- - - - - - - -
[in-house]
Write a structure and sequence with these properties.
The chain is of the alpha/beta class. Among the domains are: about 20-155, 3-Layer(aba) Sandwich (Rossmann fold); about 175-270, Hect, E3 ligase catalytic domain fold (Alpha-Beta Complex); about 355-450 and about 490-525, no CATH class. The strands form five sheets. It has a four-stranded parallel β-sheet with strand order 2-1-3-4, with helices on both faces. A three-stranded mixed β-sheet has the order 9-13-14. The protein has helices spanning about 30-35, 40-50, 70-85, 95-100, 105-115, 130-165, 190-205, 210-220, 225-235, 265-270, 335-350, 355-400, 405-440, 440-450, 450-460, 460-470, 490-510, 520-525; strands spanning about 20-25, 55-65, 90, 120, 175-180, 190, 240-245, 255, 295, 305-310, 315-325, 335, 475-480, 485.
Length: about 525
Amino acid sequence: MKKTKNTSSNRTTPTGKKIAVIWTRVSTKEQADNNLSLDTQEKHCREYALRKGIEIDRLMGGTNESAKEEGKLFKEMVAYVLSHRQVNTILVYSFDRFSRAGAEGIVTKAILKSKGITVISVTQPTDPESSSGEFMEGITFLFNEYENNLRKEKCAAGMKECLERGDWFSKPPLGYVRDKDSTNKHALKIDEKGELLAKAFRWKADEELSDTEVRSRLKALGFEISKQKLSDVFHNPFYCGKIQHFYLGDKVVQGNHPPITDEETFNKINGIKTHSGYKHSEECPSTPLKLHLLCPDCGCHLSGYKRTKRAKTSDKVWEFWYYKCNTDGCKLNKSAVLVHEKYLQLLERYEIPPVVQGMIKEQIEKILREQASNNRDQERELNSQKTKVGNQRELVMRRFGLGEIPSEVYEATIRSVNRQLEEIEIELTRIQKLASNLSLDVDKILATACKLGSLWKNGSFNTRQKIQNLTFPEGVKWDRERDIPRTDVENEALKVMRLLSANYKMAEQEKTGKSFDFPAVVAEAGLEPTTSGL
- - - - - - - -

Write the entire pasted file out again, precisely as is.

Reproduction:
[in-house]
Write a structure and sequence with these properties.
The chain is of the alpha/beta class. Among the domains are: about 20-155, 3-Layer(aba) Sandwich (Rossmann fold); about 175-270, Hect, E3 ligase catalytic domain fold (Alpha-Beta Complex); about 355-450 and about 490-525, no CATH class. The strands form five sheets. It has a four-stranded parallel β-sheet with strand order 2-1-3-4, with helices on both faces. A three-stranded mixed β-sheet has the order 9-13-14. The protein has helices spanning about 30-35, 40-50, 70-85, 95-100, 105-115, 130-165, 190-205, 210-220, 225-235, 265-270, 335-350, 355-400, 405-440, 440-450, 450-460, 460-470, 490-510, 520-525; strands spanning about 20-25, 55-65, 90, 120, 175-180, 190, 240-245, 255, 295, 305-310, 315-325, 335, 475-480, 485.
Length: about 525
Amino acid sequence: MKKTKNTSSNRTTPTGKKIAVIWTRVSTKEQADNNLSLDTQEKHCREYALRKGIEIDRLMGGTNESAKEEGKLFKEMVAYVLSHRQVNTILVYSFDRFSRAGAEGIVTKAILKSKGITVISVTQPTDPESSSGEFMEGITFLFNEYENNLRKEKCAAGMKECLERGDWFSKPPLGYVRDKDSTNKHALKIDEKGELLAKAFRWKADEELSDTEVRSRLKALGFEISKQKLSDVFHNPFYCGKIQHFYLGDKVVQGNHPPITDEETFNKINGIKTHSGYKHSEECPSTPLKLHLLCPDCGCHLSGYKRTKRAKTSDKVWEFWYYKCNTDGCKLNKSAVLVHEKYLQLLERYEIPPVVQGMIKEQIEKILREQASNNRDQERELNSQKTKVGNQRELVMRRFGLGEIPSEVYEATIRSVNRQLEEIEIELTRIQKLASNLSLDVDKILATACKLGSLWKNGSFNTRQKIQNLTFPEGVKWDRERDIPRTDVENEALKVMRLLSANYKMAEQEKTGKSFDFPAVVAEAGLEPTTSGL